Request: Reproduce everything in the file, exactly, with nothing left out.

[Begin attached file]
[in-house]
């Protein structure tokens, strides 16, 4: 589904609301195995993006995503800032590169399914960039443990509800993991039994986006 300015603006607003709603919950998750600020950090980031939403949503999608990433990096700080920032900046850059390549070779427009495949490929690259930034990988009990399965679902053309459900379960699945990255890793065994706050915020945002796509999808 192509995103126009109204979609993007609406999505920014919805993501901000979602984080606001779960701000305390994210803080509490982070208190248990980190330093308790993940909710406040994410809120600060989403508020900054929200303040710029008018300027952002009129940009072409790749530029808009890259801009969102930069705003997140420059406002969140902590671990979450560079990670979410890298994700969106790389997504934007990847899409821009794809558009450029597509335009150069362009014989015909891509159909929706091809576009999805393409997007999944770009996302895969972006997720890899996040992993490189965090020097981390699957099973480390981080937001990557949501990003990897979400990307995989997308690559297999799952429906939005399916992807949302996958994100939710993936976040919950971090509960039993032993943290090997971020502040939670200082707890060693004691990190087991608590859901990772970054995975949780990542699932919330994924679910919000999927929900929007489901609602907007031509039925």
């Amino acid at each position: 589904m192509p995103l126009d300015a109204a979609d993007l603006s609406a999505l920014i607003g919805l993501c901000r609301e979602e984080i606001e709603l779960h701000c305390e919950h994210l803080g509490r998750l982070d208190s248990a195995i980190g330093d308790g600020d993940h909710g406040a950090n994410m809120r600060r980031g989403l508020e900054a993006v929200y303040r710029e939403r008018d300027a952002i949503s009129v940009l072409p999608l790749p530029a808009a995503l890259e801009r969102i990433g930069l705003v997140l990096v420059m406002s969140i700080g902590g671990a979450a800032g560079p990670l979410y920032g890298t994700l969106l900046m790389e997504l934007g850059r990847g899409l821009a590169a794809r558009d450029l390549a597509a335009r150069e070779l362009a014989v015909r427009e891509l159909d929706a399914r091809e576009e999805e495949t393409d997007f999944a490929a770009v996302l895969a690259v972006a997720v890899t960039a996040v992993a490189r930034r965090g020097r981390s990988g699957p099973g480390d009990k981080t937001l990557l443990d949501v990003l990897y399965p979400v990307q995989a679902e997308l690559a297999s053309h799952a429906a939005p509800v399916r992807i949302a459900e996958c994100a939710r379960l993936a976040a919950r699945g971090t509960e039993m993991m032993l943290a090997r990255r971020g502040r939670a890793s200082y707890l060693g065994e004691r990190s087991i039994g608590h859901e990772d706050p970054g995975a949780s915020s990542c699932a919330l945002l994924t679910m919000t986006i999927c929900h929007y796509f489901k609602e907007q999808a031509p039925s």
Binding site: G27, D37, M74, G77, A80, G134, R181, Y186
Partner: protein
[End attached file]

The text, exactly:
[in-house]
């Protein structure tokens, strides 16, 4: 589904609301195995993006995503800032590169399914960039443990509800993991039994986006 300015603006607003709603919950998750600020950090980031939403949503999608990433990096700080920032900046850059390549070779427009495949490929690259930034990988009990399965679902053309459900379960699945990255890793065994706050915020945002796509999808 192509995103126009109204979609993007609406999505920014919805993501901000979602984080606001779960701000305390994210803080509490982070208190248990980190330093308790993940909710406040994410809120600060989403508020900054929200303040710029008018300027952002009129940009072409790749530029808009890259801009969102930069705003997140420059406002969140902590671990979450560079990670979410890298994700969106790389997504934007990847899409821009794809558009450029597509335009150069362009014989015909891509159909929706091809576009999805393409997007999944770009996302895969972006997720890899996040992993490189965090020097981390699957099973480390981080937001990557949501990003990897979400990307995989997308690559297999799952429906939005399916992807949302996958994100939710993936976040919950971090509960039993032993943290090997971020502040939670200082707890060693004691990190087991608590859901990772970054995975949780990542699932919330994924679910919000999927929900929007489901609602907007031509039925």
């Amino acid at each position: 589904m192509p995103l126009d300015a109204a979609d993007l603006s609406a999505l920014i607003g919805l993501c901000r609301e979602e984080i606001e709603l779960h701000c305390e919950h994210l803080g509490r998750l982070d208190s248990a195995i980190g330093d308790g600020d993940h909710g406040a950090n994410m809120r600060r980031g989403l508020e900054a993006v929200y303040r710029e939403r008018d300027a952002i949503s009129v940009l072409p999608l790749p530029a808009a995503l890259e801009r969102i990433g930069l705003v997140l990096v420059m406002s969140i700080g902590g671990a979450a800032g560079p990670l979410y920032g890298t994700l969106l900046m790389e997504l934007g850059r990847g899409l821009a590169a794809r558009d450029l390549a597509a335009r150069e070779l362009a014989v015909r427009e891509l159909d929706a399914r091809e576009e999805e495949t393409d997007f999944a490929a770009v996302l895969a690259v972006a997720v890899t960039a996040v992993a490189r930034r965090g020097r981390s990988g699957p099973g480390d009990k981080t937001l990557l443990d949501v990003l990897y399965p979400v990307q995989a679902e997308l690559a297999s053309h799952a429906a939005p509800v399916r992807i949302a459900e996958c994100a939710r379960l993936a976040a919950r699945g971090t509960e039993m993991m032993l943290a090997r990255r971020g502040r939670a890793s200082y707890l060693g065994e004691r990190s087991i039994g608590h859901e990772d706050p970054g995975a949780s915020s990542c699932a919330l945002l994924t679910m919000t986006i999927c929900h929007y796509f489901k609602e907007q999808a031509p039925s």
Binding site: G27, D37, M74, G77, A80, G134, R181, Y186
Partner: protein